Enstar Group Limited (NASDAQ:ESGR) delivered a less impressive 6.65% ROE over the past year, compared to the 9.02% return generated by its industry. ESGR’s results could indicate a relatively inefficient operation to its peers, and while this may be the case, it is important to understand what ROE is made up of and how it should be interpreted. Knowing these components could change your view on ESGR’s performance. Today I will look at how components such as financial leverage can influence ROE which may impact the sustainability of ESGR’s returns. View our latest analysis for Enstar Group
What you must know about ROE
Return on Equity (ROE) is a measure of Enstar Group’s profit relative to its shareholders’ equity. It essentially shows how much the company can generate in earnings given the amount of equity it has raised. In most cases, a higher ROE is preferred; however, there are many other factors we must consider prior to making any investment decisions.
Return on Equity = Net Profit ÷ Shareholders Equity
Returns are usually compared to costs to measure the efficiency of capital. Enstar Group’s cost of equity is 8.63%. This means Enstar Group’s returns actually do not cover its own cost of equity, with a discrepancy of -1.98%. This isn’t sustainable as it implies, very simply, that the company pays more for its capital than what it generates in return. ROE can be split up into three useful ratios: net profit margin, asset turnover, and financial leverage. This is called the Dupont Formula:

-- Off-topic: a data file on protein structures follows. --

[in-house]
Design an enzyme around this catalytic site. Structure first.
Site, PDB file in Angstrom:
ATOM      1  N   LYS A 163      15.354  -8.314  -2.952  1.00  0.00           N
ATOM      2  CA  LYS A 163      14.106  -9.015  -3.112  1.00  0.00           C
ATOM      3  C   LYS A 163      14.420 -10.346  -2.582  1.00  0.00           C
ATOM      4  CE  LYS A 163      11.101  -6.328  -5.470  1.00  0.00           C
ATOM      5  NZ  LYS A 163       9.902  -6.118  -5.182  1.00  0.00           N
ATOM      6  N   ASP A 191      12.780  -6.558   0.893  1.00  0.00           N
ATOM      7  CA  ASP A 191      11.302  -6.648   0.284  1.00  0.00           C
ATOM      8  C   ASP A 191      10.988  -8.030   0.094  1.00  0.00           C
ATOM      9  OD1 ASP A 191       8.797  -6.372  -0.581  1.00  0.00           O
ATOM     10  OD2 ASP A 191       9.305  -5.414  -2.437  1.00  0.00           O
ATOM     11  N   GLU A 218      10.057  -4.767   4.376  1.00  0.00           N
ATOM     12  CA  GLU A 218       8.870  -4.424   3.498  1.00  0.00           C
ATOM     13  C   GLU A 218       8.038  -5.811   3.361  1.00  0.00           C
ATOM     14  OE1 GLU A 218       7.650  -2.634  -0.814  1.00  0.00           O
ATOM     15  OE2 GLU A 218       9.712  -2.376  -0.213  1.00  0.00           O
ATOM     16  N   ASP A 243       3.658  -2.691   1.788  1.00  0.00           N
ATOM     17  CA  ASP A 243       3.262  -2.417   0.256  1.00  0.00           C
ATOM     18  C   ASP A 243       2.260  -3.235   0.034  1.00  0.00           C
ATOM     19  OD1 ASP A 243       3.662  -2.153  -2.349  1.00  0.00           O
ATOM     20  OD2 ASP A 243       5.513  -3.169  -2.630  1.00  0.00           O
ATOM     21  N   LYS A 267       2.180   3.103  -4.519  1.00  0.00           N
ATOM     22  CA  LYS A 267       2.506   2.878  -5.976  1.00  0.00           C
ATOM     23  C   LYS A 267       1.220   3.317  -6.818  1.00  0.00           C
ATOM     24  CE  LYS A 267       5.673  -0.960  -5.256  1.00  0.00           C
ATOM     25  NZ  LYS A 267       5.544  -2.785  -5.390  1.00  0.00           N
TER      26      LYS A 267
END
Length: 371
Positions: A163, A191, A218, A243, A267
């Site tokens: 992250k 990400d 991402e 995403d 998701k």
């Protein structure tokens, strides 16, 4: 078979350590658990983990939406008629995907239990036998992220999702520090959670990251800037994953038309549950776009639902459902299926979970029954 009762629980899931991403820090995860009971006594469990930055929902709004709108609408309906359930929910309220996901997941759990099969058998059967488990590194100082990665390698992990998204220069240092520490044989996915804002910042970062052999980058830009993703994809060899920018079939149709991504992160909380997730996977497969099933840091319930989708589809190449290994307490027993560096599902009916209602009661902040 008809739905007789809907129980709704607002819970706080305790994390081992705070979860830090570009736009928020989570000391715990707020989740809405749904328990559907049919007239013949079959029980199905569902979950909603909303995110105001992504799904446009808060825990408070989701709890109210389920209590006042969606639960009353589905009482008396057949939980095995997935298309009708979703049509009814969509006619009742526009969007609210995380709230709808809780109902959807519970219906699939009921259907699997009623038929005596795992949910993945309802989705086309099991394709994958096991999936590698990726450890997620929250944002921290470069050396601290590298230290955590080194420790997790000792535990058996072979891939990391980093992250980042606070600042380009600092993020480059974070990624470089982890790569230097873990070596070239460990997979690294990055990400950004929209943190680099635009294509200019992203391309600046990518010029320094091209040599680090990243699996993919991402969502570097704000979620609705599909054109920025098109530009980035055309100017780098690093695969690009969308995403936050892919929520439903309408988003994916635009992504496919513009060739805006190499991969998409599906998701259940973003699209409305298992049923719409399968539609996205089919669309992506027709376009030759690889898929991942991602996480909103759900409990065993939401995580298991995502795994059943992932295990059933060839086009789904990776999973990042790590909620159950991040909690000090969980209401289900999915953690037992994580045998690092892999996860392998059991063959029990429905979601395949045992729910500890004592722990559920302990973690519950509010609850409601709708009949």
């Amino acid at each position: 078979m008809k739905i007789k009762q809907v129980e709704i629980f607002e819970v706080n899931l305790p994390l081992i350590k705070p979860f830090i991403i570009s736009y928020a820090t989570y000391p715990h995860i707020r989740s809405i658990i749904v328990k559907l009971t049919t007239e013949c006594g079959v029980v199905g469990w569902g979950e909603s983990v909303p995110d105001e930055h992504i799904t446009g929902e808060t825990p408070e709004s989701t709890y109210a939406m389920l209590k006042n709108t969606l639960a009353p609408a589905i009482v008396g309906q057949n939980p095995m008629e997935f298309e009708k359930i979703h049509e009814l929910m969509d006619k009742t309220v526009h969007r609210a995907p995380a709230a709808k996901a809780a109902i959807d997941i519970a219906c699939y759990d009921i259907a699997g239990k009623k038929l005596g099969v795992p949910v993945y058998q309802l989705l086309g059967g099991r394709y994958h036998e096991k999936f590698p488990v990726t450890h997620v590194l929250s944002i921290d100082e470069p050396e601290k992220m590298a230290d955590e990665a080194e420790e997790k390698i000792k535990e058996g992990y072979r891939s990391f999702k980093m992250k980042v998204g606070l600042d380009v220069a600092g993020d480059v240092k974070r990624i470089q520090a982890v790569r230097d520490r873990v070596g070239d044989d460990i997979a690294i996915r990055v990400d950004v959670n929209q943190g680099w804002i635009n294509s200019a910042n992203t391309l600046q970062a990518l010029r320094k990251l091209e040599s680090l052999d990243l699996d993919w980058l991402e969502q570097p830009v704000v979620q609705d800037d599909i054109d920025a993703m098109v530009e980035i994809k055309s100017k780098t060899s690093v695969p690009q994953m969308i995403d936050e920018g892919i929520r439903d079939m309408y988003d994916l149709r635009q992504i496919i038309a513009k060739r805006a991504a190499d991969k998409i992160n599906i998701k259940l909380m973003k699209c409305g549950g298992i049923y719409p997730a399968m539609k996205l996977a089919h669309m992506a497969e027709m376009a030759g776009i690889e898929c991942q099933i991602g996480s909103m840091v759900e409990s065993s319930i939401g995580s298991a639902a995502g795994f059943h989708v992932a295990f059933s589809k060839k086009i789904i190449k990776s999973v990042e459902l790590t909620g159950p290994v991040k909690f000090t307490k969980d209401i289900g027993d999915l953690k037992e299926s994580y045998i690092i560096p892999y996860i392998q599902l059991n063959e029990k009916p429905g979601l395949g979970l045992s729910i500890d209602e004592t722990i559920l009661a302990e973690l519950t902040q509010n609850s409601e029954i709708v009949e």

ROE = profit margin × asset turnover × financial leverage
ROE = (annual net profit ÷ sales) × (sales ÷ assets) × (assets ÷ shareholders’ equity)
ROE = annual net profit ÷ shareholders’ equity
The first component is profit margin, which measures how much of sales is retained after the company pays for all its expenses. Asset turnover shows how much revenue Enstar Group can generate with its current asset base. The most interesting ratio, and reflective of sustainability of its ROE, is financial leverage. Since ROE can be inflated by excessive debt, we need to examine Enstar Group’s debt-to-equity level. The debt-to-equity ratio currently stands at a low 18.82%, meaning Enstar Group still has headroom to borrow debt to increase profits.
What this means for you:
Are you a shareholder? ESGR’s below-industry ROE is disappointing, furthermore, its returns were not even high enough to cover its own cost of equity. Since its existing ROE is not fuelled by unsustainable debt, investors shouldn’t give up as ESGR still has capacity to improve shareholder returns by borrowing to invest in new projects in the future. If you’re looking for new ideas for high-returning stocks, you should take a look at our free platform to see the list of stocks with Return on Equity over 20%.
Are you a potential investor? If you are considering investing in ESGR, basing your decision on ROE alone is certainly not sufficient. I recommend you do additional fundamental analysis by looking through our most recent infographic report on Enstar Group to help you make a more informed investment decision.
To help readers see pass the short term volatility of the financial market, we aim to bring you a long-term focused research analysis purely driven by fundamental data. Note that our analysis does not factor in the latest price sensitive company announcements.
The author is an independent contributor and at the time of publication had no position in the stocks mentioned.